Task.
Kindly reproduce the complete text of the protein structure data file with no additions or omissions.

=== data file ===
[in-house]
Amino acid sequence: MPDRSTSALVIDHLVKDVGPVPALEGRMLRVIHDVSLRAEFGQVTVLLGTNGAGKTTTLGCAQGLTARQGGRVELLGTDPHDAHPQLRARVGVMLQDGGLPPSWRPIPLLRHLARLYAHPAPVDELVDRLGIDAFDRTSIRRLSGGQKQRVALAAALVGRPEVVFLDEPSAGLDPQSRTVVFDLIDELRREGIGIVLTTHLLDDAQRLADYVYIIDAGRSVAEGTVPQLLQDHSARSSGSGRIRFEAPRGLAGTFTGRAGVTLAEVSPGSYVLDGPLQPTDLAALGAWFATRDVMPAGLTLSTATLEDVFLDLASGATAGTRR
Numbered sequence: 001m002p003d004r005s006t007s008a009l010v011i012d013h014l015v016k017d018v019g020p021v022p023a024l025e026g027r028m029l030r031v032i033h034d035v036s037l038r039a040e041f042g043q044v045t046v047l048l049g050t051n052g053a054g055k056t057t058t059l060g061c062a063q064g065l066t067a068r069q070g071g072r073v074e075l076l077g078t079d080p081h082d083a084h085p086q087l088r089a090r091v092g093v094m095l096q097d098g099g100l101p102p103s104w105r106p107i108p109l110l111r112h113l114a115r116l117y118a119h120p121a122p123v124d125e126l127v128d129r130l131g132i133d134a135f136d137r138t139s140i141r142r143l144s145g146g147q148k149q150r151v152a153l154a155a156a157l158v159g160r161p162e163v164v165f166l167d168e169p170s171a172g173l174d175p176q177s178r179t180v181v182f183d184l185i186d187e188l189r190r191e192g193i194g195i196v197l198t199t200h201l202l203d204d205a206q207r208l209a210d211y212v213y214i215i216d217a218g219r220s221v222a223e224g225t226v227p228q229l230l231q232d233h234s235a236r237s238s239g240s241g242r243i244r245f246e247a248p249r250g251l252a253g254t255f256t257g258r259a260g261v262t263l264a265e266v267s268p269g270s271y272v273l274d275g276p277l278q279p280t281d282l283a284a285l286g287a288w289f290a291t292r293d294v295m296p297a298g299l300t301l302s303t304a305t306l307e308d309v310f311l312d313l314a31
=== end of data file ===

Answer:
[in-house]
Amino acid sequence: MPDRSTSALVIDHLVKDVGPVPALEGRMLRVIHDVSLRAEFGQVTVLLGTNGAGKTTTLGCAQGLTARQGGRVELLGTDPHDAHPQLRARVGVMLQDGGLPPSWRPIPLLRHLARLYAHPAPVDELVDRLGIDAFDRTSIRRLSGGQKQRVALAAALVGRPEVVFLDEPSAGLDPQSRTVVFDLIDELRREGIGIVLTTHLLDDAQRLADYVYIIDAGRSVAEGTVPQLLQDHSARSSGSGRIRFEAPRGLAGTFTGRAGVTLAEVSPGSYVLDGPLQPTDLAALGAWFATRDVMPAGLTLSTATLEDVFLDLASGATAGTRR
Numbered sequence: 001m002p003d004r005s006t007s008a009l010v011i012d013h014l015v016k017d018v019g020p021v022p023a024l025e026g027r028m029l030r031v032i033h034d035v036s037l038r039a040e041f042g043q044v045t046v047l048l049g050t051n052g053a054g055k056t057t058t059l060g061c062a063q064g065l066t067a068r069q070g071g072r073v074e075l076l077g078t079d080p081h082d083a084h085p086q087l088r089a090r091v092g093v094m095l096q097d098g099g100l101p102p103s104w105r106p107i108p109l110l111r112h113l114a115r116l117y118a119h120p121a122p123v124d125e126l127v128d129r130l131g132i133d134a135f136d137r138t139s140i141r142r143l144s145g146g147q148k149q150r151v152a153l154a155a156a157l158v159g160r161p162e163v164v165f166l167d168e169p170s171a172g173l174d175p176q177s178r179t180v181v182f183d184l185i186d187e188l189r190r191e192g193i194g195i196v197l198t199t200h201l202l203d204d205a206q207r208l209a210d211y212v213y214i215i216d217a218g219r220s221v222a223e224g225t226v227p228q229l230l231q232d233h234s235a236r237s238s239g240s241g242r243i244r245f246e247a248p249r250g251l252a253g254t255f256t257g258r259a260g261v262t263l264a265e266v267s268p269g270s271y272v273l274d275g276p277l278q279p280t281d282l283a284a285l286g287a288w289f290a291t292r293d294v295m296p297a298g299l300t301l302s303t304a305t306l307e308d309v310f311l312d313l314a31